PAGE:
HAVANA, Oct. 19th Without any institutional funds, community project Granjita feliz (The little happy farm) is run with its own resources and support from independent business owners,
taking the knowledge and (especially) joy to the capital’s children and handicapped.
It was born in 2011 in a neighborhood of Guanabacoa on the city’s outskirts, stemming from a rabbit breeding business, which has spread in productive and social terms.
Elizabeth Frometa and Luis Dario Martos created the project, which started off with exchanges about how they bred rabbits in the limited space of their backyard with hanging cages, and workshops for children living locally.
Growing and multiplying
“We can’t all have a great deal of space or a large backyard, but we can all take advantage of the little space we do have, even balconies,” Frometa told IPS Cuba.
Granjita feliz, Martos went on, continues to be a project about rabbit breeding, compost and liquid fertilizer production, some quails, but it also now includes five ground bee hives: melipona bees.
“We promote planting strawberries in pots. Today, more than 300 people have strawberry plants growing in flowerpots in their home “farms”, which they received through Granjita feliz,” he emphasized.
“It’s a very beautiful project because of everything it entails. We encourage everyone to take part: their small productive spaces are valuable within the community and the city,” Frometa weighed in.
The project runs different initiatives, including the Sunday Guateque cultural space; the Estoy contigo (I’m with you) event, which takes place once a month in old people’s residences; and the Unidos por ti (United for you) event.
According to Martos, the latter is the result of farmers’ and the self-employed’s love, who donate food to families with children who suffer health problems. The project has spread to the Regla, San Miguel del Padron, and Cotorro municipalities.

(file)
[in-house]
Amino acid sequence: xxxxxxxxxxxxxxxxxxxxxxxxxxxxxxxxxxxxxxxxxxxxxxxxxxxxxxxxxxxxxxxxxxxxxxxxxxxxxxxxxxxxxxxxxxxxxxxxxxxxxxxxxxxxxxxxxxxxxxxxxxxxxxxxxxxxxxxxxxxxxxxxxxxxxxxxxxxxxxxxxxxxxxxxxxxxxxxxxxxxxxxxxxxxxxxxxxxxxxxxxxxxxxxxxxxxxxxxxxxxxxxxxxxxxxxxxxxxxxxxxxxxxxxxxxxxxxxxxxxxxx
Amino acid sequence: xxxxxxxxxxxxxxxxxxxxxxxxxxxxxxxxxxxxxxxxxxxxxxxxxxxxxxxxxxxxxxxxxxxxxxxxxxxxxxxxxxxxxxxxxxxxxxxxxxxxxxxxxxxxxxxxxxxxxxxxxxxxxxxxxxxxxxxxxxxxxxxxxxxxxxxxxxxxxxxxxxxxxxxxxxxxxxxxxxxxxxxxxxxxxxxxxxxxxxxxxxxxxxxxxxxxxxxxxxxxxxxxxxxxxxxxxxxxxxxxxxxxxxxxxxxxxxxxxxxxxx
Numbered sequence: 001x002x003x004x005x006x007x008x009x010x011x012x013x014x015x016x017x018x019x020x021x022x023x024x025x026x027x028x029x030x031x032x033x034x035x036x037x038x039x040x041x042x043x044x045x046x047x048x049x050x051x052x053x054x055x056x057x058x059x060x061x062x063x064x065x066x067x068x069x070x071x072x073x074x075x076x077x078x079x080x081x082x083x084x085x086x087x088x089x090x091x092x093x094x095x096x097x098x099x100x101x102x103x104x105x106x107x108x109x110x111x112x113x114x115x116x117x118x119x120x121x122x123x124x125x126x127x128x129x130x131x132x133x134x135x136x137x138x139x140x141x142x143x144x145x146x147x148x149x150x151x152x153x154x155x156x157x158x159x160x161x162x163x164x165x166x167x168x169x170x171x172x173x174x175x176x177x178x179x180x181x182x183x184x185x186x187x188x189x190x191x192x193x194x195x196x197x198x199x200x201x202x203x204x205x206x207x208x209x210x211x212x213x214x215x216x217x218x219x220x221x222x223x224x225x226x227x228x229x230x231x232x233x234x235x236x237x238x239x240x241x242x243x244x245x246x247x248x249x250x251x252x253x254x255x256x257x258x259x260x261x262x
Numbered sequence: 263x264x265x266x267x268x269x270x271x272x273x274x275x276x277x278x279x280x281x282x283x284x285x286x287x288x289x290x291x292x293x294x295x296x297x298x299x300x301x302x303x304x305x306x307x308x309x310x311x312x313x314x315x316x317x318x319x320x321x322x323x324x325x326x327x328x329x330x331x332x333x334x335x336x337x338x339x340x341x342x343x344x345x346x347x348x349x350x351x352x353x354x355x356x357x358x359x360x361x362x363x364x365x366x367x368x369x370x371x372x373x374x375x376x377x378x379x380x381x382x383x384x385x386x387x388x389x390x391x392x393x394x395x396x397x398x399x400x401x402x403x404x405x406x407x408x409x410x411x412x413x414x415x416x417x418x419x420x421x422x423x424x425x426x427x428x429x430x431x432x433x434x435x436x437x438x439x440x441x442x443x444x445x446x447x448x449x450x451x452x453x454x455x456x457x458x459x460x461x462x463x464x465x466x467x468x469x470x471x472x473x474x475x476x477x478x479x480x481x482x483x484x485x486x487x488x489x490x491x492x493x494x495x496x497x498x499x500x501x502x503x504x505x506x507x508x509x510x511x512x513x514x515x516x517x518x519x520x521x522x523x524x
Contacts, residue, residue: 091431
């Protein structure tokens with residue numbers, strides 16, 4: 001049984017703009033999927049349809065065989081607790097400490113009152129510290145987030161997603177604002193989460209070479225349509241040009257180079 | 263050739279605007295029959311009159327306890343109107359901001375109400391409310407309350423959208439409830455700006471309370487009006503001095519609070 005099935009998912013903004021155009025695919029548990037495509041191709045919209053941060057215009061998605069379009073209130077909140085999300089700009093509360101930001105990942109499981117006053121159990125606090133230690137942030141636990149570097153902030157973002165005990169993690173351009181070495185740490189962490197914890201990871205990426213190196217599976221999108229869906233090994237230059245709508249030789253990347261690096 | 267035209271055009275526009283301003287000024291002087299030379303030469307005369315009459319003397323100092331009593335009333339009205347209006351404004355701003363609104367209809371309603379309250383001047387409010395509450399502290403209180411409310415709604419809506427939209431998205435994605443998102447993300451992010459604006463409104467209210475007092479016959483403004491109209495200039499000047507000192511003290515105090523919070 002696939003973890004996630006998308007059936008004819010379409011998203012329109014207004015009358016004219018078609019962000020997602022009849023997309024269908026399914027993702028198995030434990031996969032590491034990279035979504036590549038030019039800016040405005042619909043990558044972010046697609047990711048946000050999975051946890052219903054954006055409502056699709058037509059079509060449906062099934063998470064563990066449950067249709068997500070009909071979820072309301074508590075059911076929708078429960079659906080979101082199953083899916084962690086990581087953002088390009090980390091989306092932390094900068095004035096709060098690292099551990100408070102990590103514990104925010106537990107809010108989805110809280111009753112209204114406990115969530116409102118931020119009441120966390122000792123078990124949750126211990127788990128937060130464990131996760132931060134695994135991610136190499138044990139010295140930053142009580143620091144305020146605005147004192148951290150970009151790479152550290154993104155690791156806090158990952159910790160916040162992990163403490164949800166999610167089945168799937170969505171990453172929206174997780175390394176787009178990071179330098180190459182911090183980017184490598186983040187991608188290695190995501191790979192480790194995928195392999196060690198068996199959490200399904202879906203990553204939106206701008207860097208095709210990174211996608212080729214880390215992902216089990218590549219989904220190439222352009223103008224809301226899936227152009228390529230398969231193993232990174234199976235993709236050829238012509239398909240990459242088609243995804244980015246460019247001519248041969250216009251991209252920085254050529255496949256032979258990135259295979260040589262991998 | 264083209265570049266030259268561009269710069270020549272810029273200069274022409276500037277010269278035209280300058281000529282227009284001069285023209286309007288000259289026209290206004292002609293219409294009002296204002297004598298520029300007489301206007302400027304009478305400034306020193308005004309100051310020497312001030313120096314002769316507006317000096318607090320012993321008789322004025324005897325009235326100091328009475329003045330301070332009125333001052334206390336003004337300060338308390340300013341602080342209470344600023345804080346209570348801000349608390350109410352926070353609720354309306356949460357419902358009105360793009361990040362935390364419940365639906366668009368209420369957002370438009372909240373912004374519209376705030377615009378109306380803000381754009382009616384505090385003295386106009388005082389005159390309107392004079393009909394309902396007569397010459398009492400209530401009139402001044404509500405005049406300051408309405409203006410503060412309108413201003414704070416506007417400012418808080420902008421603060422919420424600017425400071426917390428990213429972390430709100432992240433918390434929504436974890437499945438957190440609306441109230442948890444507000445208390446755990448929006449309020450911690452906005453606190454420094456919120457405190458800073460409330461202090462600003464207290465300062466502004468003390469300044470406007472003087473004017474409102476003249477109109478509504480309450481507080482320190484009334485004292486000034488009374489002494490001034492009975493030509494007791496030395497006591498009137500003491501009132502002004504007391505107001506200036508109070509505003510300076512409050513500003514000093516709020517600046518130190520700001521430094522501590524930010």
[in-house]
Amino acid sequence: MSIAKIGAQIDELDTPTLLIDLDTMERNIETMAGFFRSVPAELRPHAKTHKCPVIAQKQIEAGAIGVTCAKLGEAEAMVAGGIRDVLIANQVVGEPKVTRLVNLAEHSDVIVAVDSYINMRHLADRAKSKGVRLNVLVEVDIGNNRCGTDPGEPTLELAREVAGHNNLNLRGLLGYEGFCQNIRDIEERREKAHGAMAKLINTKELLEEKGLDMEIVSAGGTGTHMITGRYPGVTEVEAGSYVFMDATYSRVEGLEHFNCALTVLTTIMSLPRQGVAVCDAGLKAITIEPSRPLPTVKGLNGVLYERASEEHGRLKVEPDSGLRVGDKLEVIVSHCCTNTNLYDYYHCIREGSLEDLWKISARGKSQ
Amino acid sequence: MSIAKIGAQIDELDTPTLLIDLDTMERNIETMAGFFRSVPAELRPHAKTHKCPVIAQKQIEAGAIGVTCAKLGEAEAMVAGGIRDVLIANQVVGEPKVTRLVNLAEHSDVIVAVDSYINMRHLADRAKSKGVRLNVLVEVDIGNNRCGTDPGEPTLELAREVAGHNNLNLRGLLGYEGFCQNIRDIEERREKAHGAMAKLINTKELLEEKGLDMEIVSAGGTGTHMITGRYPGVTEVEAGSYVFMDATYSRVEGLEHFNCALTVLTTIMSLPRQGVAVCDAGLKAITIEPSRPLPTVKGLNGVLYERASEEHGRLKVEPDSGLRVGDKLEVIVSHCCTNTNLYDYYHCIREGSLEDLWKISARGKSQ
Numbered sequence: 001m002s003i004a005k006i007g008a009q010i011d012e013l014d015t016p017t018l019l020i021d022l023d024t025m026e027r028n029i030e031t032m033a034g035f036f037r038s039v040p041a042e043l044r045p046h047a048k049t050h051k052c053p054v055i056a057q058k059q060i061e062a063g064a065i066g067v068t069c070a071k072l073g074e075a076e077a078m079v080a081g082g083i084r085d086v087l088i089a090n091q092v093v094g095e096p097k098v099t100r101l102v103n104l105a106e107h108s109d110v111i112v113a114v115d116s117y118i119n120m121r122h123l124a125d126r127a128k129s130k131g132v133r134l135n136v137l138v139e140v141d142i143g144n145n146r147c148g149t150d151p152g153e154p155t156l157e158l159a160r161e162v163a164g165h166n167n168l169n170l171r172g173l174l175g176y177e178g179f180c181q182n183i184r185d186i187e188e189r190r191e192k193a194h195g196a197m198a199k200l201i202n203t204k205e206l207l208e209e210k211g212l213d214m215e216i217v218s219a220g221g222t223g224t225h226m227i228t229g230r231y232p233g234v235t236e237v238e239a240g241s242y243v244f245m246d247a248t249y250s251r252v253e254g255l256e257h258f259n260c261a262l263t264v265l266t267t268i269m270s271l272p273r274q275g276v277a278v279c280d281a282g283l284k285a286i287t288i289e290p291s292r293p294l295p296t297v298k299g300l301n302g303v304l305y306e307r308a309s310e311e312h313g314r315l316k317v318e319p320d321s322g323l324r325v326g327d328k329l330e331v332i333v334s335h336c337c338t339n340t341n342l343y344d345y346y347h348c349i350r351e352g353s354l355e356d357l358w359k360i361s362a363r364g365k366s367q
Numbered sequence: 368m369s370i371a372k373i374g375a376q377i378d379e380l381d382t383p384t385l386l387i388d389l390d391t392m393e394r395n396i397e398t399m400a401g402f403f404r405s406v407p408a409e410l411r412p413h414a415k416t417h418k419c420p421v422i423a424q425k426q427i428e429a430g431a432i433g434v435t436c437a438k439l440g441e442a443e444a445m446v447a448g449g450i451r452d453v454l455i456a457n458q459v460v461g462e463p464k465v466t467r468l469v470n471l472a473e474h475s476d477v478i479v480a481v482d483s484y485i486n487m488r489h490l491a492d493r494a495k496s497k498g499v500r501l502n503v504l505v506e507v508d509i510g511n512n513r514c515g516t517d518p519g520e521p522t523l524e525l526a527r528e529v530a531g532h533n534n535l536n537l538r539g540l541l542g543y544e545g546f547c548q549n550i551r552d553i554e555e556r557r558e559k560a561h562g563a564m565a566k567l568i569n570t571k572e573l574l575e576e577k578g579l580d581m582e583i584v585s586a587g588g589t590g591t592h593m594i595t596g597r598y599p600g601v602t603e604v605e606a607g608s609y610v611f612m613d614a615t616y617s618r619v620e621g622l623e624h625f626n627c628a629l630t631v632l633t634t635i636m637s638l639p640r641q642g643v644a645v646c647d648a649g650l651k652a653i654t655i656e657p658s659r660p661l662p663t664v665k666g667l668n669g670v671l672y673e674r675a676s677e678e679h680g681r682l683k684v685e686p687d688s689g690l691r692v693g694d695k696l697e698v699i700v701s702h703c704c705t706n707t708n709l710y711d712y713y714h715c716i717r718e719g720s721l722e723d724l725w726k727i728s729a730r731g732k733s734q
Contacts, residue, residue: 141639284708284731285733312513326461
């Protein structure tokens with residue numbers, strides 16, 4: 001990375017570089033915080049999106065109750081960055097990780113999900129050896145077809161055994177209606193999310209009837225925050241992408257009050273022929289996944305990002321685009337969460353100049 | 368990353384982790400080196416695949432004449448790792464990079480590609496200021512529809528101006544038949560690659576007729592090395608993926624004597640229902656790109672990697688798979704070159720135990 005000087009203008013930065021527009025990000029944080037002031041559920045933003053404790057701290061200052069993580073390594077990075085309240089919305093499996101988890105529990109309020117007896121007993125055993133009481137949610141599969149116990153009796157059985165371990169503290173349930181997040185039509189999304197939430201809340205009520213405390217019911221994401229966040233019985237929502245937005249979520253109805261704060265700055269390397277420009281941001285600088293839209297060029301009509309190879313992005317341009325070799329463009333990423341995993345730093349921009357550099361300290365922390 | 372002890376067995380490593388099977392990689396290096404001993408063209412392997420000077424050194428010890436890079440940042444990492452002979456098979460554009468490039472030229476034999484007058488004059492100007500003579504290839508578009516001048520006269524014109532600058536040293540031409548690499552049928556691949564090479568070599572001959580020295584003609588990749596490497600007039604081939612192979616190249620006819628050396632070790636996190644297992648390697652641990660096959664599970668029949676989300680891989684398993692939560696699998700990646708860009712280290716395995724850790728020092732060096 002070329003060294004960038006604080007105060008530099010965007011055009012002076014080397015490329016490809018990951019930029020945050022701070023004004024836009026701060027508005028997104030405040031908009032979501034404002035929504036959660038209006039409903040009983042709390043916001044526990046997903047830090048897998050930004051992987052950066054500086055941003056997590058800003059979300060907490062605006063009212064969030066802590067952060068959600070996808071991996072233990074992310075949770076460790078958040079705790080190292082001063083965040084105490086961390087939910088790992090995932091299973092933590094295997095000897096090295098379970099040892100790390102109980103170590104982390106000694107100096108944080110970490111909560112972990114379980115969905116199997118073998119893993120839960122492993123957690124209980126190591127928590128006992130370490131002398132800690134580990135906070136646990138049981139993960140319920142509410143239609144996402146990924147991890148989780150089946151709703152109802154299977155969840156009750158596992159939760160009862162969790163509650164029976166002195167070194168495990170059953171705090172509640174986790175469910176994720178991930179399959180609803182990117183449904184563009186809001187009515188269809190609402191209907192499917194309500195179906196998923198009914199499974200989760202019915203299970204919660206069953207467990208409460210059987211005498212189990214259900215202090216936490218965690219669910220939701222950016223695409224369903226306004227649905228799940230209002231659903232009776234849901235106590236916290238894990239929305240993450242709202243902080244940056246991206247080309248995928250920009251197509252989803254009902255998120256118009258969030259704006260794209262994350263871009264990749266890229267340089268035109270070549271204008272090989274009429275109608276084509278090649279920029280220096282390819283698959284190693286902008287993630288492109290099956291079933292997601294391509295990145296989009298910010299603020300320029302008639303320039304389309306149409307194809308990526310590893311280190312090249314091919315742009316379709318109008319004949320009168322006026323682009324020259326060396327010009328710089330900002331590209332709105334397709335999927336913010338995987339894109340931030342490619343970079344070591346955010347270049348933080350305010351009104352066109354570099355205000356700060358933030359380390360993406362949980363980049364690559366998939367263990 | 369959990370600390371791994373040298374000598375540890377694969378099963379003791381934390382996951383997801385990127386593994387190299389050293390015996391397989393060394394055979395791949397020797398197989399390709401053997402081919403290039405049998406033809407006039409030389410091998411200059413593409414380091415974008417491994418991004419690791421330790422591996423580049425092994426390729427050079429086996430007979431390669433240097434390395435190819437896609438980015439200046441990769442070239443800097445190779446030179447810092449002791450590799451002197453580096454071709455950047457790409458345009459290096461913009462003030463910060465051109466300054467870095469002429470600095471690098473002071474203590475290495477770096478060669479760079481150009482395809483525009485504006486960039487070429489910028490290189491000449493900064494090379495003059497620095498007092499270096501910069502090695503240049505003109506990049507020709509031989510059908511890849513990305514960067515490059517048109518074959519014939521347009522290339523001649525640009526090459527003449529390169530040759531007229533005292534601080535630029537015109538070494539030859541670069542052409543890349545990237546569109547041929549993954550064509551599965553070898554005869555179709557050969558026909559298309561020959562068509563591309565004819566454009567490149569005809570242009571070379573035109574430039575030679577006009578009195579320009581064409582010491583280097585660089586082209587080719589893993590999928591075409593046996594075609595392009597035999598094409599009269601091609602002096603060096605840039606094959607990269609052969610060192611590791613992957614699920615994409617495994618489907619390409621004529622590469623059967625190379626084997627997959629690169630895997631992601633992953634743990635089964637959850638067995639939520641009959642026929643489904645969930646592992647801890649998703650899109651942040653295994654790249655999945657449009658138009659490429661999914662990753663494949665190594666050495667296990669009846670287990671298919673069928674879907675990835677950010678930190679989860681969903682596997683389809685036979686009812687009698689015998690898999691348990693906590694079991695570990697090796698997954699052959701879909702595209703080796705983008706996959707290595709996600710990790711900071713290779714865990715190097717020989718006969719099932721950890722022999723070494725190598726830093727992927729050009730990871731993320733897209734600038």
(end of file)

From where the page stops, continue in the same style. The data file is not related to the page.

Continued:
“Extraordinary love goes into this activity, which recently celebrated its 5th anniversary, farmers donating a food basket over 60 consecutive months,” she pointed out.
Granjita also runs an agricultural biodiversity workshop and organizes cultural activities, at the Iglesia de los Escolapios’ patio, which this institution has made available.
“There, at the El Garabato vegetable garden, children and people with mental, physical and sensorial disabilities, plant their plants, prepare the earth, dig flowerbeds, put in compost, fertilizer and water, learn to plant, to fill bags with earth and everything they grow is for their own consumption,” Martos explained.
He said that this harvest has given participants fresh tomatoes, chard, lettuce, parsley, oregano, chive, eggplant, radish, green beans and spinach, as well as spices and medicinal plants, which they themselves and their families plant.
According to Martos, the project doesn’t receive any institutional funding.
“We finance it in part with our rabbit breeding, arts, and crafts, planting plants and selling strawberry runners, which bring in revenue for the project… which is autonomous,” he explained.
“Farmers donate their produce, there are independent workers who cover transport costs for these products or they pay for fuel so that somebody else can move them,” he pointed out.
Granjita feliz also holds debates, workshops and science societies at schools of all levels, where they teach rabbit breeding, quail breeding, how to plant strawberries and medicinal and aromatic plants.
Meanwhile, they run arts, dance, oral storytelling workshops, as well as recycling arts and crafts workshops so that plastic packaging, paper, cardboard, and some metals can be turned into ornamental objects such as flowers, bees and birds.
The project organizes two national competitions, one to spread the knowledge of Cuba’s National Hero, Jose Marti (1853-1895), with five editions in the past, and another in homage to late researcher Adolfo Rodriguez (1945-2017), which has had 451 participants from eight provinces taking part in the past three editions, presenting artworks, literature and crafts.